Take a peek into the future — 5 lessons from China
Our research in China gave us so much more than we ever could have expected. Local concepts tend to be extremely insightful, and to some extent, the present moment of China even predicts our future. Their technologies and services are way ahead of ours. This spring, Kuudes studied Chinese consumers by observing and interviewing them for a three-week period in Shanghai, Hong Kong, and Beijing. The work was conducted in cooperation with the Fudan University, one of the top academies in the country. Here’s what we’d like to snatch from China in order to build better concepts for the future.
1. Offer an immersive experience that people will talk about
Why did Ryan Zhulive in a cottage inside the Helsinki Airport for a month? Because Key Opinion Leaders, KOLs have a huge impact on Chinese consumers. Zhu, a famous actor, was live-streaming his everyday life in the terminal, thus generating interest about a northern country far away.
Another engrossing example is Heytea, a food concept that people can’t stop talking about. The product is a uniquely indulgent mix of oolong tea, fruit, and cream cheese, looking swanky and gorgeous, and visually linking the product to an aspirational urban lifestyle. In addition, the availability is limited and the flavor range ever-changing, producing half an hour queues (and generating buzz) outside each location.
How can you offer an immersive experience that people are dying to share? It is about the full experience: how is the product served, what atmosphere is it enjoyed in, what kind of personalities are linked to it?
2. Don’t compromise, even for the sake of convenience
Food is heaven, as they say in China. The Chinese expect taste experiences, wellbeing, and aesthetics, even though they lead hectic lives. They don’t compromise even for convenience. Easy-to-use services are enabled by advanced technologies like using face recognition for making payments.
Coffee Box delivers steaming hot coffee straight to your doorstep (and it’s so good our team is still dreaming of it). Wochu’s meal-kits have been developed to another level: the ingredients have been cut and prepared so you can just take the role of the master chef.
In the future, we will also be less willing to sacrifice on what really matters — even if we value things that are quick and effortless. How can you offer uncompromising convenience?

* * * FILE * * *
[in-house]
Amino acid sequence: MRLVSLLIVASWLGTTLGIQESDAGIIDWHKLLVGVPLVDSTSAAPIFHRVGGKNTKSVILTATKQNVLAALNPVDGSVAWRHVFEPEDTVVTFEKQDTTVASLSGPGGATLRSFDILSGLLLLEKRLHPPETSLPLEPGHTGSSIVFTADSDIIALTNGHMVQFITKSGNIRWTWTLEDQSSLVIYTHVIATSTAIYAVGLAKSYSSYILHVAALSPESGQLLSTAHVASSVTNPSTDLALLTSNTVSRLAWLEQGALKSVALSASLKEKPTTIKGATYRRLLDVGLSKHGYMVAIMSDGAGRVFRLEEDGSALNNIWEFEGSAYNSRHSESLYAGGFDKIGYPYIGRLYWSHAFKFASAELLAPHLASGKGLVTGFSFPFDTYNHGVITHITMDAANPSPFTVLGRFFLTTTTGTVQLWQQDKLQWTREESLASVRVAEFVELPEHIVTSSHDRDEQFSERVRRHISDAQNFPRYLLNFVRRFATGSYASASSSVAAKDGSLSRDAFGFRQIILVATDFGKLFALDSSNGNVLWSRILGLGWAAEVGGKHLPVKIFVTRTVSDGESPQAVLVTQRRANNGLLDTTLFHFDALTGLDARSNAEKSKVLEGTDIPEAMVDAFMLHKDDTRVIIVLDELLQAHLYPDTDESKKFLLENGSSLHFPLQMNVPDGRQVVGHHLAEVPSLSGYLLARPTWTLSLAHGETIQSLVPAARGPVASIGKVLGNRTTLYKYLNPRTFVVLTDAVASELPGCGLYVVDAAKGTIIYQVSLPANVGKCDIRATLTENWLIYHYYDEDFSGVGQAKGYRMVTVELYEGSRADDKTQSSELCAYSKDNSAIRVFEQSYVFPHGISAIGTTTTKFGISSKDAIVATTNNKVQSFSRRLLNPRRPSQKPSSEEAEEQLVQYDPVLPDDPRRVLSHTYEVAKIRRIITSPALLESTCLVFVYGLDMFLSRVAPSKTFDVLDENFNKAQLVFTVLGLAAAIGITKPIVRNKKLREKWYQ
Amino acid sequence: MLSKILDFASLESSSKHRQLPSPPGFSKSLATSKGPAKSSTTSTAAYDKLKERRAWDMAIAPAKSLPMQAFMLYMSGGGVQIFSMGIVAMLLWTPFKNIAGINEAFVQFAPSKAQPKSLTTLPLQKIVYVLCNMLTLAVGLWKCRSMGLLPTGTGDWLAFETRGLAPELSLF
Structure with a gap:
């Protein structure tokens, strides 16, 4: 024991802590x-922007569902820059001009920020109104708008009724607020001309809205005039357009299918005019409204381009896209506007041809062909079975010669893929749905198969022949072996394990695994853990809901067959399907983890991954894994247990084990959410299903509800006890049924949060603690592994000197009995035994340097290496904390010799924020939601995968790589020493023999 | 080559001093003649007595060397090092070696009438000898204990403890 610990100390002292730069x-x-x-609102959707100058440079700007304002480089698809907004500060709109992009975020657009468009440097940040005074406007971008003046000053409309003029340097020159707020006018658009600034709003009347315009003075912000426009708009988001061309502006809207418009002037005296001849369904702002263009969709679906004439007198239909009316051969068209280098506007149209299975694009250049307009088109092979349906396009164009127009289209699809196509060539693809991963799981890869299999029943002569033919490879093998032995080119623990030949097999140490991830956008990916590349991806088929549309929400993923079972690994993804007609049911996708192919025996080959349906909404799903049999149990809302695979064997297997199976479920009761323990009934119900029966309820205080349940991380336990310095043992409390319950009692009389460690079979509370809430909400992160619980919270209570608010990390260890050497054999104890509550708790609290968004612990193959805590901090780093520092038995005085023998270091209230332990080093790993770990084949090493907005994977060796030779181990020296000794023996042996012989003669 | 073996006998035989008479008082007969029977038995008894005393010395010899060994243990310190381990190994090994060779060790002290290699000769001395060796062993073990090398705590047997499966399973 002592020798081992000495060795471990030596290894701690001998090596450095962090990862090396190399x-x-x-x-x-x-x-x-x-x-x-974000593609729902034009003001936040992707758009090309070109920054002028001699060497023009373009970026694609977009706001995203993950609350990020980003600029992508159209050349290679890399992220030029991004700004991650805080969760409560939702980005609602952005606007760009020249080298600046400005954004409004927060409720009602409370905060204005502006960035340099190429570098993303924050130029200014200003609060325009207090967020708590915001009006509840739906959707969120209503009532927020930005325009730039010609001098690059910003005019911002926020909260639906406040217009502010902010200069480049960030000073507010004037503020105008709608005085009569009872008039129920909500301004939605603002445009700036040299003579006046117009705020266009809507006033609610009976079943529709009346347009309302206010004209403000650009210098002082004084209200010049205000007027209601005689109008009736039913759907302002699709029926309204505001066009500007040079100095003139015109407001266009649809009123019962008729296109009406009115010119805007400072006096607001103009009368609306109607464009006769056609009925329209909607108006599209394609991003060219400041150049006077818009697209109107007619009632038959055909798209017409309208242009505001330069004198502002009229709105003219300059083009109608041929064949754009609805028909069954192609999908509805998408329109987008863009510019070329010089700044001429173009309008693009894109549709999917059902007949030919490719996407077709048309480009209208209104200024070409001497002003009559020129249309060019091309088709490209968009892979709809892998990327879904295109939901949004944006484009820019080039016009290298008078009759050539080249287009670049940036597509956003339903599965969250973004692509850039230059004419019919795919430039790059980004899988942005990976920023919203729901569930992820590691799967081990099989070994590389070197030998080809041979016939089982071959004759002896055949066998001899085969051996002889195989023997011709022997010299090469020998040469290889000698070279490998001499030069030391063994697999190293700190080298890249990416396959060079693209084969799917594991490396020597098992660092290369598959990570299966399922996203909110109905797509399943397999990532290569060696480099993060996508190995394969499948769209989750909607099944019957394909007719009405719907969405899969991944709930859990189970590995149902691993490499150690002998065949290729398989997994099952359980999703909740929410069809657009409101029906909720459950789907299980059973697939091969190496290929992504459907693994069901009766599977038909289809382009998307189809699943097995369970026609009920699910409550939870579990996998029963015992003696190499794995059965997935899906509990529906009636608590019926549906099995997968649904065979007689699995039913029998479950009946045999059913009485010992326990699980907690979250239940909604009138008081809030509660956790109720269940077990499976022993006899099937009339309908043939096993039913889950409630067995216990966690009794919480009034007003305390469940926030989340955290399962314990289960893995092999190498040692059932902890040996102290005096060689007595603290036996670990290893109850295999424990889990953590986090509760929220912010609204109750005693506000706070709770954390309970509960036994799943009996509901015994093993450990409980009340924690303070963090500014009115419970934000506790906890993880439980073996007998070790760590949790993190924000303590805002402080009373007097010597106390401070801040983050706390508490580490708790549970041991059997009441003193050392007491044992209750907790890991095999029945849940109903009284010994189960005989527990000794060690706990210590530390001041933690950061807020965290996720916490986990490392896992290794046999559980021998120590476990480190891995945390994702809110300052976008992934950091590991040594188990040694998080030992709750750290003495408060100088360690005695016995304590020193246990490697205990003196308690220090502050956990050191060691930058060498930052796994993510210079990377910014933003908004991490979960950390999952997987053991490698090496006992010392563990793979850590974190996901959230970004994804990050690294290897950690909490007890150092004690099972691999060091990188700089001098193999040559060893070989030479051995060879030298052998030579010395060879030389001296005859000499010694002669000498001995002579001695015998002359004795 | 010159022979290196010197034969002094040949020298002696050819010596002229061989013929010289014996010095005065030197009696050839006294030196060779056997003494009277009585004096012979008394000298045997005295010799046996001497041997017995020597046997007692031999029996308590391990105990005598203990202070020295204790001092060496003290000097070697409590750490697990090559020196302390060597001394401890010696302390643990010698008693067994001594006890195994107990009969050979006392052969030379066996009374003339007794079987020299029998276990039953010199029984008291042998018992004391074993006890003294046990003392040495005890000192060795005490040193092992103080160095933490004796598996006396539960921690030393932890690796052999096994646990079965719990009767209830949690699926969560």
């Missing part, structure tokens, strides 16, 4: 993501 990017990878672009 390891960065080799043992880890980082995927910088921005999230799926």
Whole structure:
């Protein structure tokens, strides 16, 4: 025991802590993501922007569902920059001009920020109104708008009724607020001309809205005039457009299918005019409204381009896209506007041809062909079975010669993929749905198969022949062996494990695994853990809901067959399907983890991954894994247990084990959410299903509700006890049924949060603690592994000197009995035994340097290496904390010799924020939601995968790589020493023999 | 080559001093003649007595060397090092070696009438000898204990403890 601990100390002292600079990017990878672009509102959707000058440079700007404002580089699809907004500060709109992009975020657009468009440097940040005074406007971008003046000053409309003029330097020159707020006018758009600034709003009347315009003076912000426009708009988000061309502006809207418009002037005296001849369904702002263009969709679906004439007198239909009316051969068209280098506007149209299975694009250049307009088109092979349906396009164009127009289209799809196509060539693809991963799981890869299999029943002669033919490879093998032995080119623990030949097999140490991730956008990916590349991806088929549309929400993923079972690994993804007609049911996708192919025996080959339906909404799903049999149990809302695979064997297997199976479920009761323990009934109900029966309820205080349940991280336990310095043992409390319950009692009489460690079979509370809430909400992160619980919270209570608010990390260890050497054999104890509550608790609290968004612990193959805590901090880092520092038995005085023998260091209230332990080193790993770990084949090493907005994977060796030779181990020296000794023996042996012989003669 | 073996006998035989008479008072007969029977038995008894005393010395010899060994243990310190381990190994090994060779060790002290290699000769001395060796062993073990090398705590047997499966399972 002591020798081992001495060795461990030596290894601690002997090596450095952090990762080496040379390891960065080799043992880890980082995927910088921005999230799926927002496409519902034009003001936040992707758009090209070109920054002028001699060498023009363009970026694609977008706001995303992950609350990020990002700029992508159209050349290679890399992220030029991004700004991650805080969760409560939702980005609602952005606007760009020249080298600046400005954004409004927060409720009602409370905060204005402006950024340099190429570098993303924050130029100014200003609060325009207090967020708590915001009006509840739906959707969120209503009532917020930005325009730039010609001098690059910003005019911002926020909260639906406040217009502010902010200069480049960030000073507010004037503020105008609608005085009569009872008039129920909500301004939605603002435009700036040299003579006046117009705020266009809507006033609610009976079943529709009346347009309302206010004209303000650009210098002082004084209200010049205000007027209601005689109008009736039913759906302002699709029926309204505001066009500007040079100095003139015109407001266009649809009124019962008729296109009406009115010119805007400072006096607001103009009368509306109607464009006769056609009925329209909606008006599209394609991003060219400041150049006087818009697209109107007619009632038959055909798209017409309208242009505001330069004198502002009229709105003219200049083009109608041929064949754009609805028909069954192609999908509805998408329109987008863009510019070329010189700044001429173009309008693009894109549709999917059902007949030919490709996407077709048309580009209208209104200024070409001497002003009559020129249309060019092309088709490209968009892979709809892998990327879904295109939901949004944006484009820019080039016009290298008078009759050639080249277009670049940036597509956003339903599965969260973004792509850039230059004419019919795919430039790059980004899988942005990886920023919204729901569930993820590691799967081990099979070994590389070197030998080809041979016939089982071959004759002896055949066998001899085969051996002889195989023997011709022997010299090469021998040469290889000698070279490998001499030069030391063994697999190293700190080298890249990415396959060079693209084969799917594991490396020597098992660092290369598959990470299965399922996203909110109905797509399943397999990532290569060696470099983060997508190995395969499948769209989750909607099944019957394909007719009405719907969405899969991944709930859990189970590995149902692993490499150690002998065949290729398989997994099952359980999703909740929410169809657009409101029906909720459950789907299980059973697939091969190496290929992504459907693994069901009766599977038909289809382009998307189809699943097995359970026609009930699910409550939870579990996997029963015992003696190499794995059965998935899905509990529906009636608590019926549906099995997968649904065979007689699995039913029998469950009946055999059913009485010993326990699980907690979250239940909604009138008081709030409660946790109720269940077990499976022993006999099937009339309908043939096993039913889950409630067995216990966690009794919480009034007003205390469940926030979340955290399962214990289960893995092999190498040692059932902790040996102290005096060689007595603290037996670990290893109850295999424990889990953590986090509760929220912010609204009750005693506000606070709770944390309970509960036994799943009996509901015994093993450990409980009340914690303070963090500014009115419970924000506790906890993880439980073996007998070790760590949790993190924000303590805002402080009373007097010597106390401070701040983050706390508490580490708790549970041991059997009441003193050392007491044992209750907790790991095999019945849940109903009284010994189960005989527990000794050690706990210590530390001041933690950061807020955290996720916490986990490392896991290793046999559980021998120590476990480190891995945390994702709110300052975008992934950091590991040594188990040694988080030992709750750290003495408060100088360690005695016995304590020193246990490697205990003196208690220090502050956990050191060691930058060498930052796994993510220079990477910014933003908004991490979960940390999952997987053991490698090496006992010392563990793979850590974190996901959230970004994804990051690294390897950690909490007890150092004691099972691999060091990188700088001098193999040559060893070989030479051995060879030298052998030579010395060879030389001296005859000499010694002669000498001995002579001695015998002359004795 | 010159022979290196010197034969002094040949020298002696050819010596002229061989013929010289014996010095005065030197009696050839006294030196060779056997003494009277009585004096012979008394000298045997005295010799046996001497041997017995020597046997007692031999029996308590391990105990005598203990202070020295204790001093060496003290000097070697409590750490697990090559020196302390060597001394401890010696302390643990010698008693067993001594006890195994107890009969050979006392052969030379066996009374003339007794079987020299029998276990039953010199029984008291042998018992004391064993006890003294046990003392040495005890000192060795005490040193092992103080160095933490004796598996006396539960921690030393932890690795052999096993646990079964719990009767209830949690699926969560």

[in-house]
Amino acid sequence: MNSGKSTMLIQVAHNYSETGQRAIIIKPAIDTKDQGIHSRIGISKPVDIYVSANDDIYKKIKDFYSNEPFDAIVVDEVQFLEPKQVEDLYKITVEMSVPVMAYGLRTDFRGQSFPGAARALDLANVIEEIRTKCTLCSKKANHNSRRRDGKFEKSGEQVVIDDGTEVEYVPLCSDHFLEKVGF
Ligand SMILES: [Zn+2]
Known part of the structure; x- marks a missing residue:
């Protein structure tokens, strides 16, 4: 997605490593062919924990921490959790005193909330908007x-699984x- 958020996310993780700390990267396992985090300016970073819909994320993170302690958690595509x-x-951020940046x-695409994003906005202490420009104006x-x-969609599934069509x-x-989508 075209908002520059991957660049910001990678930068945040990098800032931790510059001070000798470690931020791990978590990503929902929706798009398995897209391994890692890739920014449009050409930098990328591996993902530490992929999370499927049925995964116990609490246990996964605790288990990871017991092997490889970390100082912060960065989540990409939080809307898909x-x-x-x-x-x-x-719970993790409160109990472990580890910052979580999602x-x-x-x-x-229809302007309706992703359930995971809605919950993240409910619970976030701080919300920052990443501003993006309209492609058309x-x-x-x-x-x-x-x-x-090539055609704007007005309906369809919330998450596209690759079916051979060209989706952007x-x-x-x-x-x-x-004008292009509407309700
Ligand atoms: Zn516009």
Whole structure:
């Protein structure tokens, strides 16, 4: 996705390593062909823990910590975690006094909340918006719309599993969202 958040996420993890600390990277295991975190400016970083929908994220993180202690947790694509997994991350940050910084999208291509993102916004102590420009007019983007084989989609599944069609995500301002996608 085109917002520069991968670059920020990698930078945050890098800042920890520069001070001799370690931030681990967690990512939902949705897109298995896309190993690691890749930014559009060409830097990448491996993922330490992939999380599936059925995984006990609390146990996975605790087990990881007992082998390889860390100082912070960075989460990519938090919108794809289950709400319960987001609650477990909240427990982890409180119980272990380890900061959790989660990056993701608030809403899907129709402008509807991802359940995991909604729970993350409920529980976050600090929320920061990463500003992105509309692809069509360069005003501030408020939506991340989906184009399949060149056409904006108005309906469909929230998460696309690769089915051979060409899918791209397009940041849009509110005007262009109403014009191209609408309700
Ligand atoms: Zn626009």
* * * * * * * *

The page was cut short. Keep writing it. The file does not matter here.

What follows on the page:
3. Increase social interaction
China is a social culture, and this can be seen everywhere. Meals are designed to be shared and snacks are packaged in a way that easily allows offering them to your friends. Each online store has a social element attached to it because the Chinese enjoy exchanging experiences and reflecting their choices and lifestyles through the eyes of others. Even staple foods, such as milk, are sold in gift packs — because gift giving is such a daily habit.
Western people are also waking up to appreciate the lost social aspect of eating. How can your brand increase social interaction?
4. Build on heritage
The ancient heritage is very much alive in China. Even an average person possesses good knowledge of the traditional Chinese medicine. The question is: how to live by those lessons when life is so busy, and cooking traditional, healing meals takes hours of slow simmering? Luckily, many hospitals offer instant solutions. This is how the traditions of thousands of years still pass on from generation to another.
Starbuck’s is an unexpected company to offer heritage to the Chinese. But this is exactly what they do with their Reserve concept. It’s not just a café, but a roastery and a sanctuary of brewing knowledge. Above all, it is credible in the eyes of the Chinese who appreciate know-how and love to learn more about food.
In our ever-changing world, we love to have something solid to hold on to. What heritage can your company build on? You don’t need to build on a century of existence, it can be technical know-how or ingredients that have been used since ancient history.
5. Use the opportunities of transparency
Food safety can be an issue of life and death in China. Since the major scandals in the dairy industry, companies have worked hard to regain the trust of their customers. Ririxian, a local dairy company, has launched ‘theweekday milk’ that is on the shelf only for one day. Their competitor, Feihe, has made their production traceable and transparent, allowing customers to monitor it all the way from the farms.
Often when I discuss transparency and responsible production with my Nordic clients, I hear about the amazingly uncompromising principles they’ve always had in their production. But why are we so humble about using them in our marketing?
What is your best-kept secret? What future branding opportunities does transparency offer to you?
It’s fascinating to look at different challenges through Chinese lenses. There’s so much to learn from China, even if it’s not a key market for your company right now.